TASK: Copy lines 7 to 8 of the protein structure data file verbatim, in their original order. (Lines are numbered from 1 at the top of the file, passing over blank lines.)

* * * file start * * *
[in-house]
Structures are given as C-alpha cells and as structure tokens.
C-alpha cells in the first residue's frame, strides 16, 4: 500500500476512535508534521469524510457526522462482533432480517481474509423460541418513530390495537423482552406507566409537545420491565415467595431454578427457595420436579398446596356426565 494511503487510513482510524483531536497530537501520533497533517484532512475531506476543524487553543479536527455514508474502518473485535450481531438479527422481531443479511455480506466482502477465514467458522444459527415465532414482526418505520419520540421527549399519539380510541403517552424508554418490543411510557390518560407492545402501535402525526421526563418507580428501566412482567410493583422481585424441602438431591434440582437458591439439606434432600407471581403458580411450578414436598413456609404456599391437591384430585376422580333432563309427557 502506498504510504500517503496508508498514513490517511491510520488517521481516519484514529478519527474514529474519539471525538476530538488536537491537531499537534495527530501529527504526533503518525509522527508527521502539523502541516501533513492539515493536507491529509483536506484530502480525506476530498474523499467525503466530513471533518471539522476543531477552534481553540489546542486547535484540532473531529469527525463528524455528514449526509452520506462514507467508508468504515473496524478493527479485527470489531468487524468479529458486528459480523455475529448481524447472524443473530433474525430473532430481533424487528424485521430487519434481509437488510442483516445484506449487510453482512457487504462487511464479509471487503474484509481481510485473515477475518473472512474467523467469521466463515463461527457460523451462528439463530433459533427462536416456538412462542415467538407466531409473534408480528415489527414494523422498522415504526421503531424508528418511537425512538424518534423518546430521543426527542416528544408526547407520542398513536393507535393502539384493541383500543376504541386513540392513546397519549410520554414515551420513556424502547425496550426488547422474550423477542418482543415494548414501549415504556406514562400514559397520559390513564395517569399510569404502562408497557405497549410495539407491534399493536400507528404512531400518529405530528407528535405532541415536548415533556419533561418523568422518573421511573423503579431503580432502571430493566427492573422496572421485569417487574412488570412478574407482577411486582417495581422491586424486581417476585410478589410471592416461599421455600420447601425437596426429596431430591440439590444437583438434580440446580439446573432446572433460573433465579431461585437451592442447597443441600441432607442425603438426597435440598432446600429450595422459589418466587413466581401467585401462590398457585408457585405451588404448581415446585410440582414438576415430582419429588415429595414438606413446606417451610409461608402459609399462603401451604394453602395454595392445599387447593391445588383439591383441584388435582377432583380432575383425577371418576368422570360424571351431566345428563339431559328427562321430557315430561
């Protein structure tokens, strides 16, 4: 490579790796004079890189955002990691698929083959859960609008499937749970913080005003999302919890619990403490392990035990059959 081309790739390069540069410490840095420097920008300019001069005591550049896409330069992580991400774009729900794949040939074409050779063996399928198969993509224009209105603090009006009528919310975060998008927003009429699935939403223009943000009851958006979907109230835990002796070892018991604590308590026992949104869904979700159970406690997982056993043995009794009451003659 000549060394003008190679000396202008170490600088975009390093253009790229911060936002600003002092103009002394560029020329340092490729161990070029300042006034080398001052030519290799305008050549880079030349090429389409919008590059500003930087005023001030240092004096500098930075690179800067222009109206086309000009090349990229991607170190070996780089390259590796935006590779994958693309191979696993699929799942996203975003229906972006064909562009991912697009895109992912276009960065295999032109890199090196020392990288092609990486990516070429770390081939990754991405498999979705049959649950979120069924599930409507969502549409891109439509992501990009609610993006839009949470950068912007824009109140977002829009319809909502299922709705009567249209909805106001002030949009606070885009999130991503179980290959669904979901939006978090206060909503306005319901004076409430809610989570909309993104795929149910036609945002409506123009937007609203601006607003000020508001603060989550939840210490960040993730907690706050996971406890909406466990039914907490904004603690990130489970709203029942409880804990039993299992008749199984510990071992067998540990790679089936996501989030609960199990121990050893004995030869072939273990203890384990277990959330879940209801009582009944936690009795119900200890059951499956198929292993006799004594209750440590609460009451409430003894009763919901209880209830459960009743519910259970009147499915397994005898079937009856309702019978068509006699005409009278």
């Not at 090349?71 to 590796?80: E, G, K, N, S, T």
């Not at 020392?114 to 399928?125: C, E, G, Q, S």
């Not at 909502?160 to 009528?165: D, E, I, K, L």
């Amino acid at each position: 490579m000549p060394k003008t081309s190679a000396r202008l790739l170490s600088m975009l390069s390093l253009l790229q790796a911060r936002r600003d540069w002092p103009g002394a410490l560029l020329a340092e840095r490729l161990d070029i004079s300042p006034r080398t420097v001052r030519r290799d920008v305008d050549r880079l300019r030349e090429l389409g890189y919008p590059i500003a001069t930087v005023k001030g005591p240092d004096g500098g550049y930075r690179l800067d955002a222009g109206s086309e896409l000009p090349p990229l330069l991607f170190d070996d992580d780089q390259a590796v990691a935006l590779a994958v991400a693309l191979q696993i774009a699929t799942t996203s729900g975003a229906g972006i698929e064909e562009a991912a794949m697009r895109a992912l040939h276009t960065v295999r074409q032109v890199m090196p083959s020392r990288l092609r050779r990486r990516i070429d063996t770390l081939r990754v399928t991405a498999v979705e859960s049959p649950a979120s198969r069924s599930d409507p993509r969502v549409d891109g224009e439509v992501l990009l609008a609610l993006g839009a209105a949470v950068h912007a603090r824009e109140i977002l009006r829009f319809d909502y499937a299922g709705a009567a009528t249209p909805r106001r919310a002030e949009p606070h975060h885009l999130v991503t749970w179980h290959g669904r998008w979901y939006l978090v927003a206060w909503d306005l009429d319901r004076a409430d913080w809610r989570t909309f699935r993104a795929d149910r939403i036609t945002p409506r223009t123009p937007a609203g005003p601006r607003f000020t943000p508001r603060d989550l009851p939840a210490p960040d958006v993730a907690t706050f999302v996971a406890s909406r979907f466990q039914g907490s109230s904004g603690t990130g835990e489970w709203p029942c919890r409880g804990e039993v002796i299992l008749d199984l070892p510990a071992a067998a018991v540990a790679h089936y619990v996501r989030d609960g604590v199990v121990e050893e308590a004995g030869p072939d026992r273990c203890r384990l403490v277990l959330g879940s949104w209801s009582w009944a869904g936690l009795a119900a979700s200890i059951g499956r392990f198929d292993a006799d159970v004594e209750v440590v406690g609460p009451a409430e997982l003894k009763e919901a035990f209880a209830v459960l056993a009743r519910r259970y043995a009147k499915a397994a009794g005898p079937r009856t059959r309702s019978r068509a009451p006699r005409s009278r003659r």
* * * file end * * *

């Not at 909502?160 to 009528?165: D, E, I, K, L």
């Amino acid at each position: 490579m000549p060394k003008t081309s190679a000396r202008l790739l170490s600088m975009l390069s390093l253009l790229q790796a911060r936002r600003d540069w002092p103009g002394a410490l560029l020329a340092e840095r490729l161990d070029i004079s300042p006034r080398t420097v001052r030519r290799d920008v305008d050549r880079l300019r030349e090429l389409g890189y919008p590059i500003a001069t930087v005023k001030g005591p240092d004096g500098g550049y930075r690179l800067d955002a222009g109206s086309e896409l000009p090349p990229l330069l991607f170190d070996d992580d780089q390259a590796v990691a935006l590779a994958v991400a693309l191979q696993i774009a699929t799942t996203s729900g975003a229906g972006i698929e064909e562009a991912a794949m697009r895109a992912l040939h276009t960065v295999r074409q032109v890199m090196p083959s020392r990288l092609r050779r990486r990516i070429d063996t770390l081939r990754v399928t991405a498999v979705e859960s049959p649950a979120s198969r069924s599930d409507p993509r969502v549409d891109g224009e439509v992501l990009l609008a609610l993006g839009a209105a949470v950068h912007a603090r824009e109140i977002l009006r829009f319809d909502y499937a299922g709705a009567a009528t249209p909805r106001r919310a002030e949009p606070h975060h885009l999130v991503t749970w179980h290959g669904r998008w979901y939006l978090v927003a206060w909503d306005l009429d319901r004076a409430d913080w809610r989570t909309f699935r993104a795929d149910r939403i036609t945002p409506r223009t123009p937007a609203g005003p601006r607003f000020t943000p508001r603060d989550l009851p939840a210490p960040d958006v993730a907690t706050f999302v996971a406890s909406r979907f466990q039914g907490s109230s904004g603690t990130g835990e489970w709203p029942c919890r409880g804990e039993v002796i299992l008749d199984l070892p510990a071992a067998a018991v540990a790679h089936y619990v996501r989030d609960g604590v199990v121990e050893e308590a004995g030869p072939d026992r273990c203890r384990l403490v277990l959330g879940s949104w209801s009582w009944a869904g936690l009795a119900a979700s200890i059951g499956r392990f198929d292993a006799d159970v004594e209750v440590v406690g609460p009451a409430e997982l003894k009763e919901a035990f209880a209830v459960l056993a009743r519910r259970y043995a009147k499915a397994a009794g005898p079937r009856t059959r309702s019978r068509a009451p006699r005409s009278r003659r």